to dress, and then to undress Miss Amy, We shall now see what Annie did on when all at once Annie cried out, “Ob, this afternoon. As soon as Mrs. Wayland my work! mamma will soon be home, and was gone, she took up the petticoat and it is not done. Sarah, dear, fold up my said, " Oh, it is not such a very, very long dolls' things while I do this hemming." piece; I can soon do that. I will just put Sarah very good-naturedly put away the This book on Ellen's frock, and as this poor clothes quite tidily, while Annie sat down dolly is not very well, I will undress her to work. and put her to bed in the cradle." Alter As it always happens to people when she had sewed the hook on, she undressed they are in too great a hurry to take pains, her, and was going to put on her night. she could not get on very fast. She pulled gown, when she found the string partly | her thread tight, and it broke ; she pricked out, “Oh, dear, dear,” she said, "Dolly her finger, and it bled; her cotton knotted can't go to sleep so; her nightgown will and twisted, and she blamed her needle and feel so uncomfortable if it is not tied at the cotton instead of herself. At last the hem neck. I did not fasten the slide, and re was finished, just as she saw her mother member mamma says that strings are very coming in at the garden gate; but it was apt to slip if they are not stitched in the so badly done, that she hastily folded up middle.” So Annie went to her work-box, the work and put it out of sight. and took out her bodkin, and soon ran the It was now tea-time, and Mrs. Wayland, slide in, and then stitched the tape, so that I who had come home very tired, and with a bad headache, did not ask anything about her nightgown wanted to be stitched; and the work until after tea.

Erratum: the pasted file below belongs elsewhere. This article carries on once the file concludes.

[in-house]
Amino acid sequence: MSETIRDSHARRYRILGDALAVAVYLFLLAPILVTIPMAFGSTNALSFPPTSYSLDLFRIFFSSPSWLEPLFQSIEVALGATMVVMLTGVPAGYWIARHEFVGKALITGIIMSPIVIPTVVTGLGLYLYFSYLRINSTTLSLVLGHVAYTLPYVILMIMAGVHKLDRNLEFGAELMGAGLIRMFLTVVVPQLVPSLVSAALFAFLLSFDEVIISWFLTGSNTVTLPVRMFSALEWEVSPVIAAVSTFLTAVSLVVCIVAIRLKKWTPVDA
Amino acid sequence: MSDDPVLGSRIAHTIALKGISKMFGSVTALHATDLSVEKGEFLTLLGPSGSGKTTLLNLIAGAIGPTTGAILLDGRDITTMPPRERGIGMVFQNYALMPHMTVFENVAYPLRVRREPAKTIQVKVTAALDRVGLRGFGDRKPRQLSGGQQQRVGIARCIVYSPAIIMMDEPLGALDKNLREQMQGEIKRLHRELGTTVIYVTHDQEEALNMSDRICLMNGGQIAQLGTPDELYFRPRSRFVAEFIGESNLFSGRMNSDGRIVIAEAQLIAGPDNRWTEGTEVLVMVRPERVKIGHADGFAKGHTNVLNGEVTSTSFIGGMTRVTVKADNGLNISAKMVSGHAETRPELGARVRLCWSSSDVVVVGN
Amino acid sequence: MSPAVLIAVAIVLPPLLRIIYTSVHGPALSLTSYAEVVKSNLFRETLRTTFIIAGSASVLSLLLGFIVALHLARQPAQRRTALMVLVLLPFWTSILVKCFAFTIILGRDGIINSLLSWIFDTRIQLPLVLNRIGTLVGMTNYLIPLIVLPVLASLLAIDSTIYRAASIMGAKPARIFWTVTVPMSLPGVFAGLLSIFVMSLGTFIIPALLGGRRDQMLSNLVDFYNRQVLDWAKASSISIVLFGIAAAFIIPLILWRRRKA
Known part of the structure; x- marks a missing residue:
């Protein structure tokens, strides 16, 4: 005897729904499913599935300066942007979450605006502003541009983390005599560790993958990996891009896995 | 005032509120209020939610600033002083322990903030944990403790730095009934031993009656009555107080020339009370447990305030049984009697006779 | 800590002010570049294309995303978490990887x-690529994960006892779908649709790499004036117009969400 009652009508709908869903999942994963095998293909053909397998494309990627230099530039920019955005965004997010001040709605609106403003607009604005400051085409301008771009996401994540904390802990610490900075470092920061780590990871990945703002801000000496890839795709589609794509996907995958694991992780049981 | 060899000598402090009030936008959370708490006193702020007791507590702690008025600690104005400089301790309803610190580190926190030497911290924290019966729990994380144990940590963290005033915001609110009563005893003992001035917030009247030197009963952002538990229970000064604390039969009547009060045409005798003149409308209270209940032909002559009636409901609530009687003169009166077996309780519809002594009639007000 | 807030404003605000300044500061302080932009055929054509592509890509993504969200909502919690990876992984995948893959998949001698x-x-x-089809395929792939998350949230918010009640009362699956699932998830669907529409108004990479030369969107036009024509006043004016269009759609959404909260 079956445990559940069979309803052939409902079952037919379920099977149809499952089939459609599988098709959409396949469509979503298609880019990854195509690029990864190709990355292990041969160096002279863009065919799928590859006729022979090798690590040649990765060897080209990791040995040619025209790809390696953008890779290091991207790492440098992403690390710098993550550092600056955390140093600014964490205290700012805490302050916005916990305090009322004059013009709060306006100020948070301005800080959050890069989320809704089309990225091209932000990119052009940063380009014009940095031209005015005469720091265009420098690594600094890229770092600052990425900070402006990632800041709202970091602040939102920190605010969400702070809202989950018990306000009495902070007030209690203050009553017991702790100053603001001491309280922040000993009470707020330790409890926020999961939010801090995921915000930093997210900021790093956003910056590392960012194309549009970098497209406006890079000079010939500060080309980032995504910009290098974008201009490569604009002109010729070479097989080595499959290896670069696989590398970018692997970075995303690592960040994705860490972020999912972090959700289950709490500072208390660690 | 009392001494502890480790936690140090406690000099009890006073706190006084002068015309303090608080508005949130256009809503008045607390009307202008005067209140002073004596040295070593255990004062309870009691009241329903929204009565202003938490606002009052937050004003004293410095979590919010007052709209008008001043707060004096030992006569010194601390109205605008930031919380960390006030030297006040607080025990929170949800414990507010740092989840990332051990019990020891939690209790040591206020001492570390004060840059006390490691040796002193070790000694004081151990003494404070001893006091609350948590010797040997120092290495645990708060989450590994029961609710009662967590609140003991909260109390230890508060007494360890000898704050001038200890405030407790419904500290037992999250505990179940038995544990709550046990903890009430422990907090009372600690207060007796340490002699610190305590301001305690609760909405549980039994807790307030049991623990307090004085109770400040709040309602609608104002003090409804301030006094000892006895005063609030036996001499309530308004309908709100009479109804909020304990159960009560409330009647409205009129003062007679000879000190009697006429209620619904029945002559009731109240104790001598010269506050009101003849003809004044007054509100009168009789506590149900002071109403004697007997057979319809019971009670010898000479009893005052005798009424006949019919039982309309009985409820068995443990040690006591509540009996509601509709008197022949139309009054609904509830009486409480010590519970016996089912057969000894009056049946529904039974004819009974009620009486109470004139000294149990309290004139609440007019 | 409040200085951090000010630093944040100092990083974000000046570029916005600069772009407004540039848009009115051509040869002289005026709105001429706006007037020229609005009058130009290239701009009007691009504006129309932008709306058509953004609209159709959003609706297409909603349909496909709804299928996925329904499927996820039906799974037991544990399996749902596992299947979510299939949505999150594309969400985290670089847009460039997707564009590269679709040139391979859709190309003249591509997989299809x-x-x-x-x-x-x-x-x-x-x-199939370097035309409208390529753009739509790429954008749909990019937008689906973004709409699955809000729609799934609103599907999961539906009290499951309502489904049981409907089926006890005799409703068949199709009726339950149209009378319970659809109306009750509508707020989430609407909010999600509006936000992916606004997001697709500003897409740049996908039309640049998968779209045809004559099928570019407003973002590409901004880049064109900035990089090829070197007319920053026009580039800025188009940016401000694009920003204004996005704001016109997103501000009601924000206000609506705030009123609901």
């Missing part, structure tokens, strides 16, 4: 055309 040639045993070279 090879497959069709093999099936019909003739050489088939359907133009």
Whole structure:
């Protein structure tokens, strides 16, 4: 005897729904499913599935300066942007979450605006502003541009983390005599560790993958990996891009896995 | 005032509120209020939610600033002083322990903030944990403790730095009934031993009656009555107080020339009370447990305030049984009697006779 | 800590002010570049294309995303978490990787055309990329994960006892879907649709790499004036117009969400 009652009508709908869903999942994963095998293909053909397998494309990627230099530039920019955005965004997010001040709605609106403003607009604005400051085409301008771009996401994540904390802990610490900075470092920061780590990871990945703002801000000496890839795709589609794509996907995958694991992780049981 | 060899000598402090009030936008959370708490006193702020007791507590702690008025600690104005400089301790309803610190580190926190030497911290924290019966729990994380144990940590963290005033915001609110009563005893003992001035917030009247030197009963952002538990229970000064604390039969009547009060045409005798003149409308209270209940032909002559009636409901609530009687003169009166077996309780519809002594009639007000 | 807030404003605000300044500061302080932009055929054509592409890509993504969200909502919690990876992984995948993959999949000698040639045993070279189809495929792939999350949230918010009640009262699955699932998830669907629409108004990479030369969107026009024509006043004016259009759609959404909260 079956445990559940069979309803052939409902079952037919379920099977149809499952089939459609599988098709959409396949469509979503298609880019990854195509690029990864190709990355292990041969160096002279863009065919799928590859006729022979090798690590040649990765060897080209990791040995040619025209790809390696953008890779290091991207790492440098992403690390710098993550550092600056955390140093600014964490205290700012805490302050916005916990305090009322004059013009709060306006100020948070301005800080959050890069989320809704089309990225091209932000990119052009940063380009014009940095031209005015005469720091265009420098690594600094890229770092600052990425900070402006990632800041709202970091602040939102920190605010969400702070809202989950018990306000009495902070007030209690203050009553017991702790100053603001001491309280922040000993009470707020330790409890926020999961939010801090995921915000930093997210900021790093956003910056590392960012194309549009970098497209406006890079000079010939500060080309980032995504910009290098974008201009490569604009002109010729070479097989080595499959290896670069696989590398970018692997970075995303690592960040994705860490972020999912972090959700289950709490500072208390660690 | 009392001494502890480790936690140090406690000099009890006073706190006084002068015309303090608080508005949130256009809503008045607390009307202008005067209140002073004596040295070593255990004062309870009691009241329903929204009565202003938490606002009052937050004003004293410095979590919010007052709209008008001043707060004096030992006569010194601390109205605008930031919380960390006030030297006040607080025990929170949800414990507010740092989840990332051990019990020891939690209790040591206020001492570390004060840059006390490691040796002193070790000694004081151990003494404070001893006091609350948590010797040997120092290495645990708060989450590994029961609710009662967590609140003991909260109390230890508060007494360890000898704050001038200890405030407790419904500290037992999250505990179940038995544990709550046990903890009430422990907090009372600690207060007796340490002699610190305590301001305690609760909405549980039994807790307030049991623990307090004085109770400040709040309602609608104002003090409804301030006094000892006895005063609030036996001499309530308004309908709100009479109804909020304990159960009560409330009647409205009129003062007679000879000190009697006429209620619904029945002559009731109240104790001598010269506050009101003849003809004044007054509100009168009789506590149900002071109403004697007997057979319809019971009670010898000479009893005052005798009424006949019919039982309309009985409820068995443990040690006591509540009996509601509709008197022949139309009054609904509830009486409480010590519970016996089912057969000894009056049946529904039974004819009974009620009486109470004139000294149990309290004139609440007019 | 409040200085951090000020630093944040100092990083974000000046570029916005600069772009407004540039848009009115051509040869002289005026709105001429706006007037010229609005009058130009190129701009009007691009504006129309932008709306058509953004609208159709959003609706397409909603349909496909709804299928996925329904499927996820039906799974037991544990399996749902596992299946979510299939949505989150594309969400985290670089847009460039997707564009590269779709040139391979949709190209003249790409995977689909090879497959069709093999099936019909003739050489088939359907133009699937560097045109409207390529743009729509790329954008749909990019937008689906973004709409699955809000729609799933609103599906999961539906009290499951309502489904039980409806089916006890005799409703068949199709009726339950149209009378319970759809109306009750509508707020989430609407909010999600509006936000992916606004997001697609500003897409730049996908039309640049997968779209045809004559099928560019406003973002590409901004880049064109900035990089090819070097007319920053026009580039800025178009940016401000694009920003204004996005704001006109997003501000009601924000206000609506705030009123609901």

then cousin Sarah came ; so I left my work Annie was going to bed, when she said, | till the last, and finished it in too great a “My dear, bring me the petticoat that I hurry to do it well." gave you to finish ; I suppose it is done.” . And yet, Annie, when I left, you pro“ Yes, mamma,” replied Anpie.

mised that you would do your work in a "I am very glad of it, for baby wants it minute.' Your old way of promising withto-morrow, and my head aches so badly out doing! Often, when I hear you say that I shall be glad to be spared doing any so, I think how like you are to the man work to-night."